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HOLY SACRIFICE OF LOVE

FOR SUNDAY 24.03


Who, being in very nature God, did not consider equality with God something to be used to his own advantage; rather, he made himself nothing by taking the very nature of a servant, being made in human likeness. And being found in appearance as a man, he humbled himself by becoming obedient to death — even death on a cross! Therefore, God exalted him to the highest place and gave him the name that is above every name, that at the name of Jesus every knee should bow, in heaven and on earth and under the earth, and every tongue acknowledge that Jesus Christ is Lord, to the glory of God the Father.


PHILIPPIANS 2, 6-11 (NIV)


Today, on Palm Sunday, we stand at the threshold of the Paschal Mystery, gazing into the unfathomable abyss of love that prompted God to make the greatest sacrifice— the sacrifice of Himself. At the heart of this event lies a mystery that, at first glance, seems paradoxical. God, who is love, chooses the path of suffering to reveal the depth of His mercy.

 

A passage from the second chapter of the Letter to the Philippians shows us Christ, who, being in the form of God, did not use His divine status as a tool for domination or revenge for the numerous persecutions. On the contrary, He emptied Himself, taking the form of a servant, becoming obedient to death, even death on a cross. This is a testimony of the greatest humility and sacrifice, calling us to emulate Him.

 

In the context of the modern world, where tendencies to build self-sufficiency and seek personal success at any cost dominate, Christ's stance becomes a provocative reminder that true greatness lies not in dominating others, but in serving one's neighbor. In times when people often measure the value of life by wealth, power, or influence, Christ reminds us that the only path to true dignity is the path of love, which seeks not its own interests.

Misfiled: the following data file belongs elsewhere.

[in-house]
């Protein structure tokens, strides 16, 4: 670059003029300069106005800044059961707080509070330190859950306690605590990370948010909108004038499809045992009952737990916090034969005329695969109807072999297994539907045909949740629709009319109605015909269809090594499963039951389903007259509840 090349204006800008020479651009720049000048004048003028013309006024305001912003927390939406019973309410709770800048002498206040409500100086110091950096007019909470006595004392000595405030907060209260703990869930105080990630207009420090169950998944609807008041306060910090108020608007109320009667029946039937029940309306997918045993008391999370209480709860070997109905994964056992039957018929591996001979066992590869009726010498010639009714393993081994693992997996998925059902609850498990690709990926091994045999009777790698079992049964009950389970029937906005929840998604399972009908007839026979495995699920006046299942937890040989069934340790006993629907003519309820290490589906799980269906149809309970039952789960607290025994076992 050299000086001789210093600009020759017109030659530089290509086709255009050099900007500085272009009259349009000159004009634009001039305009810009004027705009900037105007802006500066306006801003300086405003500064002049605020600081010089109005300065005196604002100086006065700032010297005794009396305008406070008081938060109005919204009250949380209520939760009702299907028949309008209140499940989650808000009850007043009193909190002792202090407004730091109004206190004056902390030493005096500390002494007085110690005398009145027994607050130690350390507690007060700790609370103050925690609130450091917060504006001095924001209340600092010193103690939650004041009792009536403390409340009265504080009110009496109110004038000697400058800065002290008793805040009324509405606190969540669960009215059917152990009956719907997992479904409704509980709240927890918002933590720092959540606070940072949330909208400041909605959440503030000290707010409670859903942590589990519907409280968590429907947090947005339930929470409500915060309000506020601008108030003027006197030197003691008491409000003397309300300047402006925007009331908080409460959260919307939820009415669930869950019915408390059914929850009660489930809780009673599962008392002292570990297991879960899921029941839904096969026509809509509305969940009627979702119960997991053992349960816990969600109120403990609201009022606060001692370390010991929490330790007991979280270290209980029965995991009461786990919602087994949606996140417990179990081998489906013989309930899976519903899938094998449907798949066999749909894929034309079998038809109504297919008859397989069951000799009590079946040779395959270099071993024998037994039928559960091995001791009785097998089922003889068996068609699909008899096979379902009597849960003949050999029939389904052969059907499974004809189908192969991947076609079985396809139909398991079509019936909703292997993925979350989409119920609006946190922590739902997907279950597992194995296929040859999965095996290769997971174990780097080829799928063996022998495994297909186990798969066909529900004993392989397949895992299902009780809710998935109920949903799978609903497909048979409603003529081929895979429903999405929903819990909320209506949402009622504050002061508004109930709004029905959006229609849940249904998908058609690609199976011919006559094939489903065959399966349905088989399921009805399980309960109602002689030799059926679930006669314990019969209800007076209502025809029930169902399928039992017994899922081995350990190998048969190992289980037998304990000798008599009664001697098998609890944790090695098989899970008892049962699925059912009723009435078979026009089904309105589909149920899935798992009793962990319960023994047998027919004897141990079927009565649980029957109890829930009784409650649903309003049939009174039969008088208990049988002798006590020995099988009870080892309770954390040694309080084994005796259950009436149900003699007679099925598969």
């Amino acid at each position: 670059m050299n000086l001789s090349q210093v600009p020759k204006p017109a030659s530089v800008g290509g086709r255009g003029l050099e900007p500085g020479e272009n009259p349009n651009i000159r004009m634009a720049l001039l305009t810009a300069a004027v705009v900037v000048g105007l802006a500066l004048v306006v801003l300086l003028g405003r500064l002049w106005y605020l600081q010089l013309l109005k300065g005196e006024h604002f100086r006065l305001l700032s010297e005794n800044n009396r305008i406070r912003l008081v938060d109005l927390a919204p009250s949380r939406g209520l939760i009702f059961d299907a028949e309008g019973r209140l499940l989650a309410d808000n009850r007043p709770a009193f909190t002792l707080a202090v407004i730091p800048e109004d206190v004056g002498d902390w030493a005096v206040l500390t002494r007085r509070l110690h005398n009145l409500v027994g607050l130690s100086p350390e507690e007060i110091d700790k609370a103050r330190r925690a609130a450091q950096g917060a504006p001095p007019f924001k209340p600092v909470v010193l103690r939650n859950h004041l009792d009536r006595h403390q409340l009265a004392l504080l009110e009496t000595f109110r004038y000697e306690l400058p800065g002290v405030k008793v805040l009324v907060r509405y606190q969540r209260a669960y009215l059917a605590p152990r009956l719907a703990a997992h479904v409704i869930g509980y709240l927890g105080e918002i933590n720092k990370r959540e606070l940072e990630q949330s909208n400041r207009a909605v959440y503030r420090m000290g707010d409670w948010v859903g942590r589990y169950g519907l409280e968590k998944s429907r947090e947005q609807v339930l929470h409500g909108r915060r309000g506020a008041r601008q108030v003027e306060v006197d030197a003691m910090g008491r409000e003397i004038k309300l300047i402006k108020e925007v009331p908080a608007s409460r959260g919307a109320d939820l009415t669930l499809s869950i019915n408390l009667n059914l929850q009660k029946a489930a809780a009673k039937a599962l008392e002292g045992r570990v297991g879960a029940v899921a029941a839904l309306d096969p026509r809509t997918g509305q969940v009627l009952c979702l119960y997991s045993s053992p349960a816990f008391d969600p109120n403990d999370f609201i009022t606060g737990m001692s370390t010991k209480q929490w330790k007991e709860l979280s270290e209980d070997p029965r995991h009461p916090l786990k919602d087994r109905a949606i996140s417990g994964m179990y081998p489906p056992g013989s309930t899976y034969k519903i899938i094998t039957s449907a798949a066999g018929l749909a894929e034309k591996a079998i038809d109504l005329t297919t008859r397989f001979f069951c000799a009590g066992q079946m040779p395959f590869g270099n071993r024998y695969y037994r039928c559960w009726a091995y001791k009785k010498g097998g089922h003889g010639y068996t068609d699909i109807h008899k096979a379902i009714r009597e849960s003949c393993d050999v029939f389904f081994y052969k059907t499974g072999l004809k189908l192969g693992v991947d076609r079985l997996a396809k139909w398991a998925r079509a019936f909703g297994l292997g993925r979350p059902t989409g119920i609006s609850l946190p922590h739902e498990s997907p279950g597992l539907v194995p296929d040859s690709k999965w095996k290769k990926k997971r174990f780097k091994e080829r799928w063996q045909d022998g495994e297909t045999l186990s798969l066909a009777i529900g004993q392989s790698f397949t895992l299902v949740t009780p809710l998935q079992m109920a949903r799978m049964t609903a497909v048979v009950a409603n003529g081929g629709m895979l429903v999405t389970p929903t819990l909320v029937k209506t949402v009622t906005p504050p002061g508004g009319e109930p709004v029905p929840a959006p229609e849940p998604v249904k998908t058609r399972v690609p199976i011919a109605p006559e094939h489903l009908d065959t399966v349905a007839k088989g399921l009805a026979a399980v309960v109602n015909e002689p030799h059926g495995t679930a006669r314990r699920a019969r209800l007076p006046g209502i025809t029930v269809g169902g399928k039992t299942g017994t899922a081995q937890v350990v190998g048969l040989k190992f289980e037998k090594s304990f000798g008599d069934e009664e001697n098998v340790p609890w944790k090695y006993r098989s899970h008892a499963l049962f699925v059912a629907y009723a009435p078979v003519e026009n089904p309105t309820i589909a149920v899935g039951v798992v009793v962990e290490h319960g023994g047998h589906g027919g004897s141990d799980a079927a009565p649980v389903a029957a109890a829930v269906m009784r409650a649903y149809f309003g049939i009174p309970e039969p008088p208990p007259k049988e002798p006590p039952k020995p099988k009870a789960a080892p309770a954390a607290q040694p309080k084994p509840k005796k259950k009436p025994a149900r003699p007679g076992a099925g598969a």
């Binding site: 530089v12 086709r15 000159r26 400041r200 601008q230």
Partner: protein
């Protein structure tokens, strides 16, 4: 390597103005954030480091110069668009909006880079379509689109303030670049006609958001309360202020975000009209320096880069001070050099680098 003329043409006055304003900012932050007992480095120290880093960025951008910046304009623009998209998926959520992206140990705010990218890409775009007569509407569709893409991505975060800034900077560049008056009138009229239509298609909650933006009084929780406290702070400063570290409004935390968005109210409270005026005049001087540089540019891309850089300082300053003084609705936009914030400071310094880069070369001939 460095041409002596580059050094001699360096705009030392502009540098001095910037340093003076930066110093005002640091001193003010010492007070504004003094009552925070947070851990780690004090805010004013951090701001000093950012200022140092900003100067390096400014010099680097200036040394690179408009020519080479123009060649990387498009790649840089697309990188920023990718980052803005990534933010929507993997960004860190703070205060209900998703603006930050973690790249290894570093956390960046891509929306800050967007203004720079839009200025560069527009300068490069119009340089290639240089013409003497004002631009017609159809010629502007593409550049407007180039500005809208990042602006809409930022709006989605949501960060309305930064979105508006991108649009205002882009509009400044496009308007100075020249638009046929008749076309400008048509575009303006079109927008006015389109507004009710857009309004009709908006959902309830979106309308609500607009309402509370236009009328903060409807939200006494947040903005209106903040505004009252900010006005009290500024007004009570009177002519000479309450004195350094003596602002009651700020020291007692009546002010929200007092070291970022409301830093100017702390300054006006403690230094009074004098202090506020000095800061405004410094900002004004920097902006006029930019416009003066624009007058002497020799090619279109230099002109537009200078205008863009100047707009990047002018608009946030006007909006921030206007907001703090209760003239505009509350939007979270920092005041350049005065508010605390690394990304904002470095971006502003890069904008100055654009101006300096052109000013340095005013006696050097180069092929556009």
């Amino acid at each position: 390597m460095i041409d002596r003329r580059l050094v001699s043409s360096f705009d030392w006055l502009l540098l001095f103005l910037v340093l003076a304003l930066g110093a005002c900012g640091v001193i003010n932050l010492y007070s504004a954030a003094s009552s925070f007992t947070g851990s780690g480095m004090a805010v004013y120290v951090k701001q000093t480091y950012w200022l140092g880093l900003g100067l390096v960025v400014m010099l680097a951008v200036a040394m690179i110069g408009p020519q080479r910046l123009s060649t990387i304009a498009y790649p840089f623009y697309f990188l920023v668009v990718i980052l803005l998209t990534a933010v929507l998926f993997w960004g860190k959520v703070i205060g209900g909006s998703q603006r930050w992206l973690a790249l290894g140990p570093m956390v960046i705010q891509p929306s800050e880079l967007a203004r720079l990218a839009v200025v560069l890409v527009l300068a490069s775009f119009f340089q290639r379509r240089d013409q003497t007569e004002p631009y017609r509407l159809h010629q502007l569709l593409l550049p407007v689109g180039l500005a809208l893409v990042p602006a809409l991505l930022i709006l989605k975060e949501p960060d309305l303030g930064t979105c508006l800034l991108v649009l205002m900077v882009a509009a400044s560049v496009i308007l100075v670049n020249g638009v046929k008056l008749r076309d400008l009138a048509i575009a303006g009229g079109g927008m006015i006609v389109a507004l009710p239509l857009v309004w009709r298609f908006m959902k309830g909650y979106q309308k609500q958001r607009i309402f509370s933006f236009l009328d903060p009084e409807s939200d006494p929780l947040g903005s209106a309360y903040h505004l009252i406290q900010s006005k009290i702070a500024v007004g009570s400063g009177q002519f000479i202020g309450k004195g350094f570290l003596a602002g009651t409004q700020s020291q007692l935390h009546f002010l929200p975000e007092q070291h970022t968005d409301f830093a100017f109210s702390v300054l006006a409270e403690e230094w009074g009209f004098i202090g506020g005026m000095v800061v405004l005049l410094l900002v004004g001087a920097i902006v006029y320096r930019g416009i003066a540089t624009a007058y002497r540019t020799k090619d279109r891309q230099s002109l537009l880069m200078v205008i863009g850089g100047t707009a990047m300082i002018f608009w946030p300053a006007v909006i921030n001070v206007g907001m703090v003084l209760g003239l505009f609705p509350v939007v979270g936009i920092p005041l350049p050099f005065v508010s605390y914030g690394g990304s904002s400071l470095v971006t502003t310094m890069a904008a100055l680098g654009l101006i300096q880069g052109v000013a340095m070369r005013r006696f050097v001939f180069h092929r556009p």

The Gospels, especially the account of the Passion of the Lord according to Mark in chapter fifteen and the introduction to the Passion in chapter fourteen, present to us the image of Christ who fully accepts human weakness, including rejection, betrayal, loneliness, pain, and death. In this context, the cross, which for centuries was a symbol of shame, becomes the highest sign of love and salvation. This is precisely the paradox of the cross. God uses what appears to humans as the greatest defeat to accomplish the greatest act of love.

 

Our task, in response to such sacrificial love, is to open our hearts to the action of grace, which allows us to see and accept God's love even in the most difficult moments of life. It's a challenge to not flee from small and great sufferings but to see in them the action of a loving God.

 

Christ, through His humility, opens the way for us to a new life, where death no longer has the last word. It's an invitation to live in hope, stemming from faith in His resurrection. Faith, which is the foundation of our Christian identity.

 

Let this time be for us an opportunity for deeper reflection on the mystery of the cross and resurrection. Let it become a source of our spiritual renewal and an encouragement to emulate Christ in His sacrificial love in the everydayness of our lives.


May God bless us all.


 

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